Broward Schools Survey Reveals Clear Picture of Distance Learning Hits and Misses

The distance learning system was forced upon schools districts around the nation by the COVID-19 pandemic

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After six weeks of distance learning, Broward County Public Schools now has a clear picture of distance learning. The district on Thursday released results of a survey which collected responses from 65,000 students, teachers, and parents.

“We’re showing it all here, the good and the bad about it, we believe this survey will not only help us but I think it could be informative to other school systems around the country," said superintendent Robert Runcie.

The distance learning system was forced upon school districts around the nation by the COVID-19 pandemic. So everyone was improvising, trying to make something out of nothing.

“Now the question is, is it equitable, are we ensuring quality, and those are the same questions we have in our physical classrooms but we have to answer them differently,” said Dan Gohl, the chief academic officer.

One of the bright spots of the survey is that 98% of students report access to a computer device with connectivity, a result of the district giving out more than 90,000 free laptops in March.

“We are extremely pleased to see those numbers, we know that the digital divide turns out to also be an opportunity divide,” said Runcie.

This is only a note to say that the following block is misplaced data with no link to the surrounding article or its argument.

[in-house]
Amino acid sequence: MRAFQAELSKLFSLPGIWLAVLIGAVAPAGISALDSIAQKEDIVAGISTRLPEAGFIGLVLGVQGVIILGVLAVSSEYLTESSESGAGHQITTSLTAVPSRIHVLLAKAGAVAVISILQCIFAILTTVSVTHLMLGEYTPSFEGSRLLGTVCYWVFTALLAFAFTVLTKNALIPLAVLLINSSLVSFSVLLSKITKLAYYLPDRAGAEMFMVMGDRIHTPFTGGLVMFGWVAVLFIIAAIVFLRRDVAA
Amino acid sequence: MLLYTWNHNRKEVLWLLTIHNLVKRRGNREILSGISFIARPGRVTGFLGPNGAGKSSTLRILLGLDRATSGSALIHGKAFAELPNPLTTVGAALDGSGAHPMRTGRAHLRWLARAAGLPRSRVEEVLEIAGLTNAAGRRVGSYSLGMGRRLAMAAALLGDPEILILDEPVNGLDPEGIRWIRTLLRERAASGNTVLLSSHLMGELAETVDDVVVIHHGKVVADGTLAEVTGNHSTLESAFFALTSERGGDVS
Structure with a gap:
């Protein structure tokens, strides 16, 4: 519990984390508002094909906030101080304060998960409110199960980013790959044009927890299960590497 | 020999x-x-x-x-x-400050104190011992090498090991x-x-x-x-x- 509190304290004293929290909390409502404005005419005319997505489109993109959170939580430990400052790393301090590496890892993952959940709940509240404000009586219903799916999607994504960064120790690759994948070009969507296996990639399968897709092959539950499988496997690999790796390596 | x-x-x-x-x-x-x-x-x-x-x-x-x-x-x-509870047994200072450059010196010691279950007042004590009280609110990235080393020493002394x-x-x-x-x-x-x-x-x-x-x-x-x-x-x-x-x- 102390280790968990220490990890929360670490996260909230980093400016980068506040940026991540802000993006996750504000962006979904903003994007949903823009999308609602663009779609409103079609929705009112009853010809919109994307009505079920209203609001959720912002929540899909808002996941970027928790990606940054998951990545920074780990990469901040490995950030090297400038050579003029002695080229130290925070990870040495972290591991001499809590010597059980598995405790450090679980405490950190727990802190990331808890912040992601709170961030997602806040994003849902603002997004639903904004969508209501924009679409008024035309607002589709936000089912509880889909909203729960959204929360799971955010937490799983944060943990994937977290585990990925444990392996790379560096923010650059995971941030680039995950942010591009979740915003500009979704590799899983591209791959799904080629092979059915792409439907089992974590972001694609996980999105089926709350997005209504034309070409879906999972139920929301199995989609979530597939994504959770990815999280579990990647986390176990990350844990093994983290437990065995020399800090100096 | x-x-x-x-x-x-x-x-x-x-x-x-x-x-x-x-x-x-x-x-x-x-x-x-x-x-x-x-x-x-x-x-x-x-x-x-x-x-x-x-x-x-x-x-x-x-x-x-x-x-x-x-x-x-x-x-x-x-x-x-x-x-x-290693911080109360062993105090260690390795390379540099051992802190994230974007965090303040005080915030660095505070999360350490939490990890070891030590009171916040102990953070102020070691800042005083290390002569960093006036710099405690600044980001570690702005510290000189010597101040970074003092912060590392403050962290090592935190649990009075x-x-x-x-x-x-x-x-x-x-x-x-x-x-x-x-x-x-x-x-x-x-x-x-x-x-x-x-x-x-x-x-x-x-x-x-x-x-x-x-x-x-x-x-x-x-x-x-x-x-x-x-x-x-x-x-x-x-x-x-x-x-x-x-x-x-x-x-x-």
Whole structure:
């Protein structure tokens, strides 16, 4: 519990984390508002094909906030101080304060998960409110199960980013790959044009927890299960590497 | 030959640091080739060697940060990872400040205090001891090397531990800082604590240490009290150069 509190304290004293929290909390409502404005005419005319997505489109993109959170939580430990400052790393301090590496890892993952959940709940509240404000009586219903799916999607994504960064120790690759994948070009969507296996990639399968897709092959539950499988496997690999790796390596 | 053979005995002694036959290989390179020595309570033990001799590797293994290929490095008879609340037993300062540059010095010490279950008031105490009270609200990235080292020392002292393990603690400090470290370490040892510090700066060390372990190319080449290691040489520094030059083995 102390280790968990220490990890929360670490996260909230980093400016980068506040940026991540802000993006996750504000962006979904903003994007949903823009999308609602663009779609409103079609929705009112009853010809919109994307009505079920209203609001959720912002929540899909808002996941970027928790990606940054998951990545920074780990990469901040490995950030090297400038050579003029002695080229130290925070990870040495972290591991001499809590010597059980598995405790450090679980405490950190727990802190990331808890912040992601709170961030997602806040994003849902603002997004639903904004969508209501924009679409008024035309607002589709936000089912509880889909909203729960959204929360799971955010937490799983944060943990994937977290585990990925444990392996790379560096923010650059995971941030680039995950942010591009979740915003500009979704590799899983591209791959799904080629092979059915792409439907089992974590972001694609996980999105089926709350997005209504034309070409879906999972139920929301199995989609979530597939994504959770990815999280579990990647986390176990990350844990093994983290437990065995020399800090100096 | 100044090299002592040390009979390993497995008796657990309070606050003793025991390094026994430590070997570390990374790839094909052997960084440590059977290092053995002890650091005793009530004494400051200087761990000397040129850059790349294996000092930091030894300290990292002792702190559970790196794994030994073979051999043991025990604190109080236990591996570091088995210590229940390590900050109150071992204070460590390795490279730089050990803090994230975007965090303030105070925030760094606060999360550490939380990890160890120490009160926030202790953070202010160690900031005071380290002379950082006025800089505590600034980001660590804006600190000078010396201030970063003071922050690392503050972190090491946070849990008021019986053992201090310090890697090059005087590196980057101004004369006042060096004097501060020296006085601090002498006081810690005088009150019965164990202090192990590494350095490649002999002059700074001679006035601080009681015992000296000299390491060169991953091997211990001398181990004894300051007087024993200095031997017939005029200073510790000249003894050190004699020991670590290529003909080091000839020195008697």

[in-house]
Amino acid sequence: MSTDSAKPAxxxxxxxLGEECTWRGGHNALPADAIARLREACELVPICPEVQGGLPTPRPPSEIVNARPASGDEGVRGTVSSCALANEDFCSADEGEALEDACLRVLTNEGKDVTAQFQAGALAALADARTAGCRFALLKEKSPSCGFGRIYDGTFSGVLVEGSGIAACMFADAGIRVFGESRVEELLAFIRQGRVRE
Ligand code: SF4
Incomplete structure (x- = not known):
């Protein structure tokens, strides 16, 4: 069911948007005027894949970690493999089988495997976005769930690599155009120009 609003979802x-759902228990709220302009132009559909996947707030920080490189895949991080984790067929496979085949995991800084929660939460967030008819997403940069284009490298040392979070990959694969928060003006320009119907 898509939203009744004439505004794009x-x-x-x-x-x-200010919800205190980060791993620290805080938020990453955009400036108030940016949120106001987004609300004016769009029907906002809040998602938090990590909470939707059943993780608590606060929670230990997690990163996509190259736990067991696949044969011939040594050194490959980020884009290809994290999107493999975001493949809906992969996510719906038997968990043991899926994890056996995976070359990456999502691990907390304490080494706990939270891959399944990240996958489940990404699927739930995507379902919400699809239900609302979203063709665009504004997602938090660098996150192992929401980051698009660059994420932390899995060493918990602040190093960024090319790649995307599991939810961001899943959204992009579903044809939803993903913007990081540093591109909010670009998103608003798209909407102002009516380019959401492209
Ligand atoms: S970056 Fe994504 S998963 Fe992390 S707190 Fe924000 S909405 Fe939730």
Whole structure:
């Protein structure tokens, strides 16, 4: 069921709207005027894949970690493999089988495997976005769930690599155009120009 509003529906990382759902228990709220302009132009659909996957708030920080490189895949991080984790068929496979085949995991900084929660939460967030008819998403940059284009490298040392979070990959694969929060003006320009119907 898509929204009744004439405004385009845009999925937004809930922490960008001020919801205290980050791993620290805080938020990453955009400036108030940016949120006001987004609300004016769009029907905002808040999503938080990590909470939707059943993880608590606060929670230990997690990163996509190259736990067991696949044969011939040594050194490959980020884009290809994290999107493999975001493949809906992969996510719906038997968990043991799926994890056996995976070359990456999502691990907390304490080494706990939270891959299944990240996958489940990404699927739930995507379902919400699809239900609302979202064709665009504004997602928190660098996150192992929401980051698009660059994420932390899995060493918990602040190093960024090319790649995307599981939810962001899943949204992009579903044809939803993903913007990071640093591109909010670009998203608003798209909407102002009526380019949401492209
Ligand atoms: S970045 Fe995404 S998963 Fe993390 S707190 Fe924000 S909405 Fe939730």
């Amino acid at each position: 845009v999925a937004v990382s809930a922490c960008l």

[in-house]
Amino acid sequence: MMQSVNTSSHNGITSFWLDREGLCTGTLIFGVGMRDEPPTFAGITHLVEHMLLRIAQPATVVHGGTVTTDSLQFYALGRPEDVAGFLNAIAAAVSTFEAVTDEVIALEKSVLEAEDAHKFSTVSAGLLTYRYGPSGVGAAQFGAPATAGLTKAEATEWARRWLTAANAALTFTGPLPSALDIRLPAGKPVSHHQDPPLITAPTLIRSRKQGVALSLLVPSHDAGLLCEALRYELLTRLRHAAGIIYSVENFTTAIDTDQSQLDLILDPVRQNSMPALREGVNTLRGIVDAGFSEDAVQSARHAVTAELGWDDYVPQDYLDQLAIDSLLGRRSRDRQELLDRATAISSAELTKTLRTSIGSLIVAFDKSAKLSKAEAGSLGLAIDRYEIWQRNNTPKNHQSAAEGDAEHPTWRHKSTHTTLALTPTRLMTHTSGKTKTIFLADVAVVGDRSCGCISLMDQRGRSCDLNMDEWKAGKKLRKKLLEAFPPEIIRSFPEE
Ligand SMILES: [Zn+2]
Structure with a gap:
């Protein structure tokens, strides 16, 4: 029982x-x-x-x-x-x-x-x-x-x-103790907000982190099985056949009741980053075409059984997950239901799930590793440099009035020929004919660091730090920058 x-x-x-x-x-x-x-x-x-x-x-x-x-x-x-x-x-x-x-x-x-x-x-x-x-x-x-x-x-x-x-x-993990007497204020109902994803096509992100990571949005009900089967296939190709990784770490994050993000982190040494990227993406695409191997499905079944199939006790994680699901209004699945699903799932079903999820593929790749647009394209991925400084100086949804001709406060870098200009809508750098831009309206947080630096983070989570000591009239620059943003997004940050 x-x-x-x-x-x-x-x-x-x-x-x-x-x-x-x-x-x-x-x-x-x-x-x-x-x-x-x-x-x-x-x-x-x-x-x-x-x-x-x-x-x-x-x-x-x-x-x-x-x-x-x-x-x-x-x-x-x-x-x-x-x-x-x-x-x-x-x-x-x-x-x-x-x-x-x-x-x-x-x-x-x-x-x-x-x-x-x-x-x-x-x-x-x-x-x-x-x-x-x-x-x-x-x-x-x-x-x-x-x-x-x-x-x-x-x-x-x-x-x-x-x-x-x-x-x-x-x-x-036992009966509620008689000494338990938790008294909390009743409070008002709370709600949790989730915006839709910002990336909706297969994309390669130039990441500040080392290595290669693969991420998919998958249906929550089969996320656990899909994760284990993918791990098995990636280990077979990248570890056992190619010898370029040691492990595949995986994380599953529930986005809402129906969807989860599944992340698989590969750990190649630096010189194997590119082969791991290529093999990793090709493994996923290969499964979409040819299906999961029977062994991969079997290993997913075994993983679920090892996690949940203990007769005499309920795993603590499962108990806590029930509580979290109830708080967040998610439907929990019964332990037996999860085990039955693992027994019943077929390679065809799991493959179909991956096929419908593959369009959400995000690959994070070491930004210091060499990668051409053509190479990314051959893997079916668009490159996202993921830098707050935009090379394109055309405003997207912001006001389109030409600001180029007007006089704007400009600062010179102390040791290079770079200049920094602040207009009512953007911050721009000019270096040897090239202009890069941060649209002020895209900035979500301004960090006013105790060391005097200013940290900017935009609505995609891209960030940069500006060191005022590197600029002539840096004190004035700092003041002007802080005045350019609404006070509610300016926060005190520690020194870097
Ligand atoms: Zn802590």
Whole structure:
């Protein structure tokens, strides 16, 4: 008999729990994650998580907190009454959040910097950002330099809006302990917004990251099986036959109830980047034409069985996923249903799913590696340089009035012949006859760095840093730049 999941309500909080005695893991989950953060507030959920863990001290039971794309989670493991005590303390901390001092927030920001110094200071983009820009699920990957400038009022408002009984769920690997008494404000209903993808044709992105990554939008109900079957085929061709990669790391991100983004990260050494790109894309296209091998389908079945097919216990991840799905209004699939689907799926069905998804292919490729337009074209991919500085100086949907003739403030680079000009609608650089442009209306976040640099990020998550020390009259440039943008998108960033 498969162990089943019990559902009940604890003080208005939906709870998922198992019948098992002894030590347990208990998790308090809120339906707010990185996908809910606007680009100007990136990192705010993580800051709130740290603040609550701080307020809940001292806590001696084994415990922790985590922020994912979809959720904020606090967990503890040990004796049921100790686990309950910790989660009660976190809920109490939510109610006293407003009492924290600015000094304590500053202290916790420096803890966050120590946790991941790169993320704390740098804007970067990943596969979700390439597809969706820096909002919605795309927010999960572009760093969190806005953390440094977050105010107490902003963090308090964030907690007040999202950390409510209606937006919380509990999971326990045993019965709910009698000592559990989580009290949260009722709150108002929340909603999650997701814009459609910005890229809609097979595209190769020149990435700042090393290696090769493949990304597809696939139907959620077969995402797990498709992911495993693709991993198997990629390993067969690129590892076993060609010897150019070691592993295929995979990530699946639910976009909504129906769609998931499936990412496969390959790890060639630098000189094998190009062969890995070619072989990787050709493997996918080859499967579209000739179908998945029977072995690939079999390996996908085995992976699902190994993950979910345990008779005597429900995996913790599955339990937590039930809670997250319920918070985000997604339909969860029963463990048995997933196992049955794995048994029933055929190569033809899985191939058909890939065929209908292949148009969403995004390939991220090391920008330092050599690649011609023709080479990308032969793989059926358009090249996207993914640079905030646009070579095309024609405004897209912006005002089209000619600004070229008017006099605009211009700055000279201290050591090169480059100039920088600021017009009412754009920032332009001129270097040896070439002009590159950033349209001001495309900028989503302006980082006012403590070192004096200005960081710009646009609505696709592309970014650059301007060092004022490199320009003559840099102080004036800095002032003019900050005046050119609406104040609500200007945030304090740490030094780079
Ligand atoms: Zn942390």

But the survey also revealed that 36% of students, more than a third of the 230,000 students who attend Broward’s public schools, said they had not spoken to any adult from their school in the past week.

“That’s a pretty big number, right? 36 percent haven’t spoke to an adult, that also reflects a common issue and concern I’ve heard from many parents, that some of their students, they’re just receiving assignments and course work, they’re not getting that face-to-face connection and that face-to-face connection is critical,” Runcie explained.

The survey also shows 44% are confused by online assignments, which Runcie says is directly related to lack of engagement with teachers and to these numbers: 45% of students say they’re supervising younger siblings and 67% say they receive nearly zero help from adults at home.

“Basically 67% of students are saying hey, I’m pretty much on my own when it comes to continuing my education process,” Runcie said.

Runcie says the survey results will be used to make improvements for summer school and for the next school year, which is expected to be a hybrid of classroom instruction and distance learning.

“We’ve got to work with our teaching staff, provide professional development and training so that they are confident and comfortable and able to do some portion of their instruction through video chatting, video conferencing,” said Runcie.

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